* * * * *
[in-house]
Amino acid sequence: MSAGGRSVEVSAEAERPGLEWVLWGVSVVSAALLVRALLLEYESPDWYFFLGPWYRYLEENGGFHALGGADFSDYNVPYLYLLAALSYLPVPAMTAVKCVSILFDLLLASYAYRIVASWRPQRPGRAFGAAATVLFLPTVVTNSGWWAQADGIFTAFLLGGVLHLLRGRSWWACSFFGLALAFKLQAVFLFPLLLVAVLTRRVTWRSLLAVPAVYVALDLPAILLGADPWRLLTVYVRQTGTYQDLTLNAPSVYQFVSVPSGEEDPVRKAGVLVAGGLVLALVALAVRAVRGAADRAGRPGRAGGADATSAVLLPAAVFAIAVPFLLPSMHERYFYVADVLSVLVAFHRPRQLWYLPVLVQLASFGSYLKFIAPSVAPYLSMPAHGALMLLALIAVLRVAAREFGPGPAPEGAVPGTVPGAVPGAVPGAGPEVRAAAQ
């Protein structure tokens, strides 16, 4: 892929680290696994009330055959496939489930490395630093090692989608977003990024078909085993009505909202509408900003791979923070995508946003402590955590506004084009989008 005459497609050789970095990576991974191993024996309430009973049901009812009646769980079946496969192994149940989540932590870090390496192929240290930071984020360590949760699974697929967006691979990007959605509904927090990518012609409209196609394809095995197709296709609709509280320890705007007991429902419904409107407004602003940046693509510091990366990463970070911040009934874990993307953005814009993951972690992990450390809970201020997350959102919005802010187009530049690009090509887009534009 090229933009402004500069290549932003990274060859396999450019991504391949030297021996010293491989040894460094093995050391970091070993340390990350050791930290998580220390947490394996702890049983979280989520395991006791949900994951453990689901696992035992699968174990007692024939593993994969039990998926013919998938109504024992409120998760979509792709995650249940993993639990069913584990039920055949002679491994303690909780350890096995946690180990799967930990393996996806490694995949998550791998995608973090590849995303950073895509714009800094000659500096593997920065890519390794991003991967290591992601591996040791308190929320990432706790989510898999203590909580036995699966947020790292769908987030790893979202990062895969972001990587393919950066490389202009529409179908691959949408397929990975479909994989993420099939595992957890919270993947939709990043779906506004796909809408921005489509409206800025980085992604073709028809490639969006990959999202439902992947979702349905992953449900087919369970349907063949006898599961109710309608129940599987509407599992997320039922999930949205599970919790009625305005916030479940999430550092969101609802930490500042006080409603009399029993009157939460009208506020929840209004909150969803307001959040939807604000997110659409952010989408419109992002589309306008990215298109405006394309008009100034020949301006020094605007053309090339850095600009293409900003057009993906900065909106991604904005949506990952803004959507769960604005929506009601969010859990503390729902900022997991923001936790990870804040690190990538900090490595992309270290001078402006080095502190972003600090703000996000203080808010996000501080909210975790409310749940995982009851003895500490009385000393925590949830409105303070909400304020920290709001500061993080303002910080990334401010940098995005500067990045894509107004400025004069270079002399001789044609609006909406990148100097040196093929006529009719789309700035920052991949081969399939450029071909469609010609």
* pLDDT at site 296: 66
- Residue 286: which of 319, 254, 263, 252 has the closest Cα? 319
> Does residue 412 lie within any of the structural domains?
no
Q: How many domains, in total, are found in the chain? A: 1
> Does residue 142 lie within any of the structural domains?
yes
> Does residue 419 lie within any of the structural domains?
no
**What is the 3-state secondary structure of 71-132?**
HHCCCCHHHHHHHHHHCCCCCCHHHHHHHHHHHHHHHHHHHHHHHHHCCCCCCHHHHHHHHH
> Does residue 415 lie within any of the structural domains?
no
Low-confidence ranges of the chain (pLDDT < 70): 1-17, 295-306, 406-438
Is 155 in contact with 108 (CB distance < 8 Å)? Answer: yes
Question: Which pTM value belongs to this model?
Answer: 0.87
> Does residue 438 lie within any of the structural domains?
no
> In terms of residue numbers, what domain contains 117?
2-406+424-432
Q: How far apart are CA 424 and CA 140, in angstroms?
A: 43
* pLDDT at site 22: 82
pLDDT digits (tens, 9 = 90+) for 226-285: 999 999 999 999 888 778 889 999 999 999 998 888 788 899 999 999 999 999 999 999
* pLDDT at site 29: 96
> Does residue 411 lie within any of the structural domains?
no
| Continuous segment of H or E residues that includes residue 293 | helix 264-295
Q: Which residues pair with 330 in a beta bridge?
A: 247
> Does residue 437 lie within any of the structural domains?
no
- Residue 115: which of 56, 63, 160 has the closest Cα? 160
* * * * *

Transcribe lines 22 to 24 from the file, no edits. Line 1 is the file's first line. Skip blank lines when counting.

no
> In terms of residue numbers, what domain contains 117?
2-406+424-432